The media has been full of articles and programmes about various aspects of humans’ impact on the environment and recently, of how young people are beginning to take a real interest in this problem. They are increasingly aware that the world they are inheriting is at risk of complete collapse and the recent demonstrations that paralysed parts of central London are just one example of this growing concern.
Clearly, we all agree with the principle of saving the planet, and we are all equally concerned about the problem, so I was very surprised by an article this week on the #iwill website, a charity that supports social action initiatives for people aged 10 to 20. The article was based on a survey about volunteering, asking how many young people take part in volunteering activities (71%) and how many of these are environmentally focused (26%).
The interesting part of the article for me was not so much the number of young people that participate, but the next analysis that was carried out, which focused on the motivation behind the participation. The aim of the charity was to understand how best to make participating in volunteering activities more appealing to young people. Here is where I was shocked to read that the main motivation for young people was “maximising the benefits (for themselves) of taking part” and that they are “prepared to shop around for the most rewarding … options”. It goes further to say that young people are “motivated by a desire to develop skills, confidence and knowledge which can support their academic and career paths”. Lastly, one of the things that they all declared they really wanted out of their volunteering opportunity was “Celebration and achievement, e.g. celebration events and offering certificates”.
This surprised me as I have always thought of volunteering as a selfless activity focused on doing things for the benefit of others, where the only possible reward is to feel good about oneself for having done it, irrespective of what other people think or recognise us for.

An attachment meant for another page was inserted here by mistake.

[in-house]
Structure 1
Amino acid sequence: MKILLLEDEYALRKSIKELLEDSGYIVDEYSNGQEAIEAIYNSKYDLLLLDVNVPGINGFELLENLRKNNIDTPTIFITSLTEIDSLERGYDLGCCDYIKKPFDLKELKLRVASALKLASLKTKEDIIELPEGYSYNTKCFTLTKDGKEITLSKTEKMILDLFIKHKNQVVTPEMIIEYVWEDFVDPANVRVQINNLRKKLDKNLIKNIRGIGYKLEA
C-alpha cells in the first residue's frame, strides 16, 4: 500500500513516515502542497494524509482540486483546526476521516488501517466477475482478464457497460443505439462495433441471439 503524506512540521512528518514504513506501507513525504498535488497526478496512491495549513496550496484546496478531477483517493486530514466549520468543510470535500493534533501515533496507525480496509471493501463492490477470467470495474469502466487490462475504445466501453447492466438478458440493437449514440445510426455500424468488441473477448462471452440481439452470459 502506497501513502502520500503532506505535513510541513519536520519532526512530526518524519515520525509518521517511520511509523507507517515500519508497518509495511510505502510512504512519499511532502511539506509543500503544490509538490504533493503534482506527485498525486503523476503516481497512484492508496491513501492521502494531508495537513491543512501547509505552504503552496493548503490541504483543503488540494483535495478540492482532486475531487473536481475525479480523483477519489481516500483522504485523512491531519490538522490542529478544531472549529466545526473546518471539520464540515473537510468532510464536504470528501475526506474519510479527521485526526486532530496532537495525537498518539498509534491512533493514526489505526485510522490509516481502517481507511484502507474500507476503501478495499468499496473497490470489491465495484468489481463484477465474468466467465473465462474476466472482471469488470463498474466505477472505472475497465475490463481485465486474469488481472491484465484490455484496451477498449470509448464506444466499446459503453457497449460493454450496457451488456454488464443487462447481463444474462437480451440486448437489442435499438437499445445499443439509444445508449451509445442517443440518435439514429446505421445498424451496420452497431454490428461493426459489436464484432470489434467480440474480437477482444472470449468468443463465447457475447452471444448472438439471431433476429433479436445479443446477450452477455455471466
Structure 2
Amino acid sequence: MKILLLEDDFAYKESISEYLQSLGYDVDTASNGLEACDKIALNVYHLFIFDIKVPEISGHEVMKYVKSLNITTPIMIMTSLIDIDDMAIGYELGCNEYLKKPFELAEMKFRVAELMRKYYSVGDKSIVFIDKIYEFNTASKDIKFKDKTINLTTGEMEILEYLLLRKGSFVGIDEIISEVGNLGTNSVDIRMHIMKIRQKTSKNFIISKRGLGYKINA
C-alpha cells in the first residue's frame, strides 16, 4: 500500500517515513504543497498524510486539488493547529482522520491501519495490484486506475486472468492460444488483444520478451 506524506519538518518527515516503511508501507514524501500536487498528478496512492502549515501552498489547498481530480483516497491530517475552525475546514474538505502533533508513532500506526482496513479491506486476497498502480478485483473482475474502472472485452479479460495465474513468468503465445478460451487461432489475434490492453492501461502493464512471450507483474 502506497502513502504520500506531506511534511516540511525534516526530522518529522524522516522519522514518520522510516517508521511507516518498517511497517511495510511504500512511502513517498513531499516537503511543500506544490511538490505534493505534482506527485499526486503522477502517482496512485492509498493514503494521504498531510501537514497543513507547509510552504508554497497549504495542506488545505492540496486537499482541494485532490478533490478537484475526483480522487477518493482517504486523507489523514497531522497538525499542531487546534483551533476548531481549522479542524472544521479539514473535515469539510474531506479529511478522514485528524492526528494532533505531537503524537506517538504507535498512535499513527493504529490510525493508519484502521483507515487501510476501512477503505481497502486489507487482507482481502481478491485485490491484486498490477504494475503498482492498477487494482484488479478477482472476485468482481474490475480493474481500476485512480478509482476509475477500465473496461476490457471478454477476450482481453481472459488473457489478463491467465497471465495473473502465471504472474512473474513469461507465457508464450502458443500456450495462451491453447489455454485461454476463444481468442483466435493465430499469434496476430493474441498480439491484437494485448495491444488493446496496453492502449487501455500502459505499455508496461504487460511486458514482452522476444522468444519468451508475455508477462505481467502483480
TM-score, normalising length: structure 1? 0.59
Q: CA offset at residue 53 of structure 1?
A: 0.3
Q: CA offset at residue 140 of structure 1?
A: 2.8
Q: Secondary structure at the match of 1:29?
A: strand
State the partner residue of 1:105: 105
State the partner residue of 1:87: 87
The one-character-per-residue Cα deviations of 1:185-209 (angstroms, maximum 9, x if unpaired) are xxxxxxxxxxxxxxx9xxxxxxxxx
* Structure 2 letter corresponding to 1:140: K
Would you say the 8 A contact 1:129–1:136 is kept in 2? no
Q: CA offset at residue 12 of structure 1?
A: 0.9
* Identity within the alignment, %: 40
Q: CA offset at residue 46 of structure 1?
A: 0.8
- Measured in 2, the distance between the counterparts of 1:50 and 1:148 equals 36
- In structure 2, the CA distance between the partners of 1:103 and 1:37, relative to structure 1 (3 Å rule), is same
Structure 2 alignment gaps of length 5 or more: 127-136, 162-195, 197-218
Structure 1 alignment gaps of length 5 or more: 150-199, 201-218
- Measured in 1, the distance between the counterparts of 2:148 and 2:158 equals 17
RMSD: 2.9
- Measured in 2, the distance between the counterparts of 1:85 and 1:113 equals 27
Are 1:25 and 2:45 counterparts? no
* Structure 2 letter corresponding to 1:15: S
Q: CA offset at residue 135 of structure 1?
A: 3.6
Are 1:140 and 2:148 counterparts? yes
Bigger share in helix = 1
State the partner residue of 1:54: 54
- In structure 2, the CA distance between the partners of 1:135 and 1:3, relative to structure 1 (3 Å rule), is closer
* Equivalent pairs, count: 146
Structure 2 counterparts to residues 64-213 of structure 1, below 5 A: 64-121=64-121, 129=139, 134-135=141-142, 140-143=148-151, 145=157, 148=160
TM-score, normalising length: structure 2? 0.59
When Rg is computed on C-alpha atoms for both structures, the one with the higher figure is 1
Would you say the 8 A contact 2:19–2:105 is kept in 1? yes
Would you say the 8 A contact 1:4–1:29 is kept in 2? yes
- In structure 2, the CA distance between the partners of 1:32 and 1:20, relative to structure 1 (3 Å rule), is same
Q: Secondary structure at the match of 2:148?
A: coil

I believe in teaching children to be resilient and interact with each other effectively so that they can be masters of their emotions and strong enough to make tough decisions. This allows them to work towards a common goal together, not because this will get them a reward, but because they want to do what is right. It is a shame that even charities with the best intentions are falling into the trap of constantly trying to make life easier for young people, suggesting to them that even when doing good deeds, the focus should be on what is best for them rather than what is best for others. This strengthens a growing sense of entitlement and egotism which will make these youngsters a lot less resilient and risks to turn them into less happy, unfulfilled adults.
To counteract this tendency, it is important to teach children from a young age to think more independently, to stretch themselves out of their comfort zone in order to get better, and whatever it is they decide to do, to take risks and be resilient in the face of failure. They need to learn to lead not by force but by inclusion, by listening to what others have to say and being able to find the best way forward by taking the best ideas from all. We believe that in this way we can create a new generation of young people who will be able to find happiness and reward in what they do without the need for constant praise and approval. They will lead happier lives and take care of the world in a meaningful and selfless way, undoubtedly with better results.
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